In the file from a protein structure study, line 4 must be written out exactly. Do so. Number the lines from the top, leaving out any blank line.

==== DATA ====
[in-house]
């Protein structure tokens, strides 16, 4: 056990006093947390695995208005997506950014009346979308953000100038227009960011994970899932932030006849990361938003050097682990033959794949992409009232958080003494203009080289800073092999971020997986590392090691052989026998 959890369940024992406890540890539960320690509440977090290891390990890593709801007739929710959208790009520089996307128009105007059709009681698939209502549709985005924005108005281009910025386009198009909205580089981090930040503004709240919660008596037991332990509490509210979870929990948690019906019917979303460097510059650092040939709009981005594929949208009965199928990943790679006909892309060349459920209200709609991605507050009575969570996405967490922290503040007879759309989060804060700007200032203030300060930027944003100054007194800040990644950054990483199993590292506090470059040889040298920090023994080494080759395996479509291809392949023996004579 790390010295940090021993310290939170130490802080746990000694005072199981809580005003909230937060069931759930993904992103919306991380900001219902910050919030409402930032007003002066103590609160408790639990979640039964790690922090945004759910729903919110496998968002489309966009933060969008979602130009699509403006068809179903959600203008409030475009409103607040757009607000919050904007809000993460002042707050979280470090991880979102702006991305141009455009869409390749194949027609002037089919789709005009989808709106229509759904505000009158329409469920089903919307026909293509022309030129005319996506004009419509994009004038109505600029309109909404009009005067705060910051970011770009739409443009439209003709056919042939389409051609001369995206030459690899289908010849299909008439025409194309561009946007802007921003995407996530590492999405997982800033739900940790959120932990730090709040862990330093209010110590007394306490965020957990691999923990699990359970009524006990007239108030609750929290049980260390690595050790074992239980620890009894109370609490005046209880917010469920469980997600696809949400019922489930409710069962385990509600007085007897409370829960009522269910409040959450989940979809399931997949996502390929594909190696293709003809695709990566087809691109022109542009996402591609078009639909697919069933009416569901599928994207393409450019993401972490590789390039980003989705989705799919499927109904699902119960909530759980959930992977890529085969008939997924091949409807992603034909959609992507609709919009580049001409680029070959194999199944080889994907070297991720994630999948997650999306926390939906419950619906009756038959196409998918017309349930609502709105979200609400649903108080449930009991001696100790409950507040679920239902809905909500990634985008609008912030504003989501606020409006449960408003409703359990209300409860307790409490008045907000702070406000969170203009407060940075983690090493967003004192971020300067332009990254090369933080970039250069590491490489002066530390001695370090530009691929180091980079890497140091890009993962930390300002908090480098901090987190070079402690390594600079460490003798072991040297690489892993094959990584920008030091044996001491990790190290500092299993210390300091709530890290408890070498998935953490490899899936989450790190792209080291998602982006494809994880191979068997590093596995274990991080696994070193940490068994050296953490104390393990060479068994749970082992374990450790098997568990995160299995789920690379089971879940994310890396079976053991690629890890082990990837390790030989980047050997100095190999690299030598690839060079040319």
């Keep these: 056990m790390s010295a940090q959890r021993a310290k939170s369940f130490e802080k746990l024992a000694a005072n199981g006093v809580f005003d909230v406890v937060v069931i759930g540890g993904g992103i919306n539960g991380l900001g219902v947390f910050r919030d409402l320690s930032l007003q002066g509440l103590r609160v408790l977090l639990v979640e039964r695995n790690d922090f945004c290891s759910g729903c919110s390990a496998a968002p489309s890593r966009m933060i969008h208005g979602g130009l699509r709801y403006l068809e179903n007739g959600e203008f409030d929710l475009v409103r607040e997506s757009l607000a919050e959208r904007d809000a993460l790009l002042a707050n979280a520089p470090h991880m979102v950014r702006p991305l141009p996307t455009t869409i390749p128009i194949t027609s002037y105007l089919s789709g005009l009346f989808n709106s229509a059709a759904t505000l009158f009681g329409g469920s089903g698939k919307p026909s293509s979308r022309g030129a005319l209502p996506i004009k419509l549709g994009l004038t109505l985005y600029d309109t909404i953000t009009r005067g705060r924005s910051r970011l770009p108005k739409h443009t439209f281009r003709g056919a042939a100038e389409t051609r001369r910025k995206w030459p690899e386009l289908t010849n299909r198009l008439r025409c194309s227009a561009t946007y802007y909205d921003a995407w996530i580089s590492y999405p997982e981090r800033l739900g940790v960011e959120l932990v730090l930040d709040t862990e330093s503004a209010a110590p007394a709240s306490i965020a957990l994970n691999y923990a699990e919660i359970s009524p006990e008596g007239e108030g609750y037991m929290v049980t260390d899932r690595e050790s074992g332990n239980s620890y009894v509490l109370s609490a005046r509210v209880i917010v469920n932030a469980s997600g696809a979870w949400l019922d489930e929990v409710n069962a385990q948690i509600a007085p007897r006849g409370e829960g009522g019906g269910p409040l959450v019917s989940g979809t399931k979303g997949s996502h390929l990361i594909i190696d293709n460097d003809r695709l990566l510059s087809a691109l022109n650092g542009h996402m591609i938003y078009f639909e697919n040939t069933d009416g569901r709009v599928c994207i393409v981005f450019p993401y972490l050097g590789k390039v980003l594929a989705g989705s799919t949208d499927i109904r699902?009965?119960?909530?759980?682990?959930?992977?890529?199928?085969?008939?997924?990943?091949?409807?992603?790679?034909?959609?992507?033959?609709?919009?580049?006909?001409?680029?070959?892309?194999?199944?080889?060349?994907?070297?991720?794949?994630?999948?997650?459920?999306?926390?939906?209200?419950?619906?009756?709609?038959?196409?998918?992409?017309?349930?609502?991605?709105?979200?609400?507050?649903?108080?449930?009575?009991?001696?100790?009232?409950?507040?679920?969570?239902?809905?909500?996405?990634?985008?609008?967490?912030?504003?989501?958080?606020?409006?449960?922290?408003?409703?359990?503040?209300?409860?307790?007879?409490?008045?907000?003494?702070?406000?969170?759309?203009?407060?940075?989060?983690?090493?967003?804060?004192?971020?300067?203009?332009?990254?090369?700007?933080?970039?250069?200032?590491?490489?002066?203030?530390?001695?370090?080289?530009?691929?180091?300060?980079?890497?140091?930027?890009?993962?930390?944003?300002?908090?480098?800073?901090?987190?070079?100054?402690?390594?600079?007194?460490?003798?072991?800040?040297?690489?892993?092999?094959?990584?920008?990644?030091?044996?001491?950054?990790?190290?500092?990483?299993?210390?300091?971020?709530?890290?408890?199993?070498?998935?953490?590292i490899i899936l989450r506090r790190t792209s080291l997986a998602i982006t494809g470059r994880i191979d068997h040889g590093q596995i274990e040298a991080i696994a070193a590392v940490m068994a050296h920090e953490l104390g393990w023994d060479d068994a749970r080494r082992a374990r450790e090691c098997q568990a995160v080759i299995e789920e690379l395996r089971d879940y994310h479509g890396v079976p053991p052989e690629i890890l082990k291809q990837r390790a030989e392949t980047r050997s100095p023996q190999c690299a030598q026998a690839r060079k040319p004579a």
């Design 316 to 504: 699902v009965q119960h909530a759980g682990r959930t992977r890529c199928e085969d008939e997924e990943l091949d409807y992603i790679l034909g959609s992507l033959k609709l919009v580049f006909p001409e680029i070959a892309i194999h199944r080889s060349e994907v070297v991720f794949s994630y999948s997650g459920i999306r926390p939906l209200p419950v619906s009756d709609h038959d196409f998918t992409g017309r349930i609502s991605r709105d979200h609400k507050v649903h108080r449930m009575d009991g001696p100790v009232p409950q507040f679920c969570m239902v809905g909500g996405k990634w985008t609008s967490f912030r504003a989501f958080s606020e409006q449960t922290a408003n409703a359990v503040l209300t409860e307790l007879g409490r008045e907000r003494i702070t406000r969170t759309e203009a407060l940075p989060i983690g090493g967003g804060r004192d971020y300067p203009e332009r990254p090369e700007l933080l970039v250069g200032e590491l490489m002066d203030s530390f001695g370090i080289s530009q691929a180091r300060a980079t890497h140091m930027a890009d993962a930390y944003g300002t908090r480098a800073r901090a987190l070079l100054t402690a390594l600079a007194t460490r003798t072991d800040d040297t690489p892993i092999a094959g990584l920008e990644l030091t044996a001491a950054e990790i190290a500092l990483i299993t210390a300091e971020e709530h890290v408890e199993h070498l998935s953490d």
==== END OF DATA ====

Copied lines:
């Design 316 to 504: 699902v009965q119960h909530a759980g682990r959930t992977r890529c199928e085969d008939e997924e990943l091949d409807y992603i790679l034909g959609s992507l033959k609709l919009v580049f006909p001409e680029i070959a892309i194999h199944r080889s060349e994907v070297v991720f794949s994630y999948s997650g459920i999306r926390p939906l209200p419950v619906s009756d709609h038959d196409f998918t992409g017309r349930i609502s991605r709105d979200h609400k507050v649903h108080r449930m009575d009991g001696p100790v009232p409950q507040f679920c969570m239902v809905g909500g996405k990634w985008t609008s967490f912030r504003a989501f958080s606020e409006q449960t922290a408003n409703a359990v503040l209300t409860e307790l007879g409490r008045e907000r003494i702070t406000r969170t759309e203009a407060l940075p989060i983690g090493g967003g804060r004192d971020y300067p203009e332009r990254p090369e700007l933080l970039v250069g200032e590491l490489m002066d203030s530390f001695g370090i080289s530009q691929a180091r300060a980079t890497h140091m930027a890009d993962a930390y944003g300002t908090r480098a800073r901090a987190l070079l100054t402690a390594l600079a007194t460490r003798t072991d800040d040297t690489p892993i092999a094959g990584l920008e990644l030091t044996a001491a950054e990790i190290a500092l990483i299993t210390a300091e971020e709530h890290v408890e199993h070498l998935s953490d």